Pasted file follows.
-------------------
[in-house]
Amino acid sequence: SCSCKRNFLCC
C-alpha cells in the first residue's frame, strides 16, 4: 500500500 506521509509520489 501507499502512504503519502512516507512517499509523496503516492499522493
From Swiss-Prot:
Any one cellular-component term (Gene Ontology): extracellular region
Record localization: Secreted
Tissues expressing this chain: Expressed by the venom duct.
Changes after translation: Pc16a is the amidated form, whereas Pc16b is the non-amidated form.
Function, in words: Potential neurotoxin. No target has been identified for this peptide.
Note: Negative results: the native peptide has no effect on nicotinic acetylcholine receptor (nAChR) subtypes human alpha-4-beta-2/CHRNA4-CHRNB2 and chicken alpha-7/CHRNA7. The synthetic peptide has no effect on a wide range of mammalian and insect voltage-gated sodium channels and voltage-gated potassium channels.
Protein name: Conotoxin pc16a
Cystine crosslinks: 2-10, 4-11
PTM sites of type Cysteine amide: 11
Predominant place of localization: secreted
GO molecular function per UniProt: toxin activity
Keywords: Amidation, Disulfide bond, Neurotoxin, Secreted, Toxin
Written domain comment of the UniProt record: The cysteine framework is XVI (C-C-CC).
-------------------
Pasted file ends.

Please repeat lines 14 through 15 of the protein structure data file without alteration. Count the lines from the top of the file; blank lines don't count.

Predominant place of localization: secreted
GO molecular function per UniProt: toxin activity